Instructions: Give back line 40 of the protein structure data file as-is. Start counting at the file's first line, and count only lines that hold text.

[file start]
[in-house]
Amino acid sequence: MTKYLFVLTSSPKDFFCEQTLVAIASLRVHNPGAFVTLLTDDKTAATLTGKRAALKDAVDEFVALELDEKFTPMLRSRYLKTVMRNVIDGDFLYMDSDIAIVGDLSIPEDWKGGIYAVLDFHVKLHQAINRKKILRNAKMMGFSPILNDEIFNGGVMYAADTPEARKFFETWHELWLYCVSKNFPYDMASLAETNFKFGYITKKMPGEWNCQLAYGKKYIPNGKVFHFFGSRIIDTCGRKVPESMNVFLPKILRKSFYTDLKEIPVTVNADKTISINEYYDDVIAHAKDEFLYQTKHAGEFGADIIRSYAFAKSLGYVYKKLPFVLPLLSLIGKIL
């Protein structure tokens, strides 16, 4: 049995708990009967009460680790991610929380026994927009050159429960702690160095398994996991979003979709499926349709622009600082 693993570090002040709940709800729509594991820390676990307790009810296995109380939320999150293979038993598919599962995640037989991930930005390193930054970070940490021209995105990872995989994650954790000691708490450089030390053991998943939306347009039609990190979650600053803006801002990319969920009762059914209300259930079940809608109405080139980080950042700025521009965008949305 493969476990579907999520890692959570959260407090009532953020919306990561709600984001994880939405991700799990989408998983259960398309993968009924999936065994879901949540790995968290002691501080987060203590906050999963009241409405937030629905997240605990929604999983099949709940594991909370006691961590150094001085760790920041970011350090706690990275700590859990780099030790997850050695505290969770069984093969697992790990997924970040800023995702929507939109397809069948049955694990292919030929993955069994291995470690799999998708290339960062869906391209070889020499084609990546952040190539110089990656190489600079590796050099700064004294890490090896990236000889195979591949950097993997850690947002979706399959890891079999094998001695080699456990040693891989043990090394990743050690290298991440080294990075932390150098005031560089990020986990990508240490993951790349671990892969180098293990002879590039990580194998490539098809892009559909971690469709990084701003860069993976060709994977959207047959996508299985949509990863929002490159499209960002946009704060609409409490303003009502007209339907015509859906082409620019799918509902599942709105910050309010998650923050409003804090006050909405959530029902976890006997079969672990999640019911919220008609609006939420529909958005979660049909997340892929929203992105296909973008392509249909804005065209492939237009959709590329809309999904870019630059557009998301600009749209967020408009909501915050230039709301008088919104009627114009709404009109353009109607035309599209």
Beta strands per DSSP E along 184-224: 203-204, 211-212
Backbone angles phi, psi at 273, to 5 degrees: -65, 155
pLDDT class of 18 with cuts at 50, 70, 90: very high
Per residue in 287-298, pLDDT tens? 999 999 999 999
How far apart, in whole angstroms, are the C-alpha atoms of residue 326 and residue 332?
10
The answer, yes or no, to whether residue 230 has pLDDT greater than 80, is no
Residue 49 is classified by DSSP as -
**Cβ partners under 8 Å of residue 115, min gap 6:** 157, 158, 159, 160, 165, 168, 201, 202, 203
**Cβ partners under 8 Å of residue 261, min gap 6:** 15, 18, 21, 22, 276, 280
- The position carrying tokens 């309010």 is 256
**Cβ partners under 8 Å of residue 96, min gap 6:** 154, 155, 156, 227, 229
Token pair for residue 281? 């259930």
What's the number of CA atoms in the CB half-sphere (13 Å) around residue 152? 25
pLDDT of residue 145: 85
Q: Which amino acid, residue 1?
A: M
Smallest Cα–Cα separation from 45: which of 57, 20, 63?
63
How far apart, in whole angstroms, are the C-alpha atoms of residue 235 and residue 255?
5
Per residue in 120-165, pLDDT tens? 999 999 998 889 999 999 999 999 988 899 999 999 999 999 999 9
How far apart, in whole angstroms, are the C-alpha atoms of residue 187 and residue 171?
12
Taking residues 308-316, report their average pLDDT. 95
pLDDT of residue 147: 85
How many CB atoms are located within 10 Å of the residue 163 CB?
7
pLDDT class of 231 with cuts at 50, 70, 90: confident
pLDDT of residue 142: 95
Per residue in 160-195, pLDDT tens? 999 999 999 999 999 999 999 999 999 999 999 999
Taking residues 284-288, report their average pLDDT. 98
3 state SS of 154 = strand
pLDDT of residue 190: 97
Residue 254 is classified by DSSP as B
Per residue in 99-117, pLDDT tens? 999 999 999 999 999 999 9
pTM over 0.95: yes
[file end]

pTM over 0.95: yes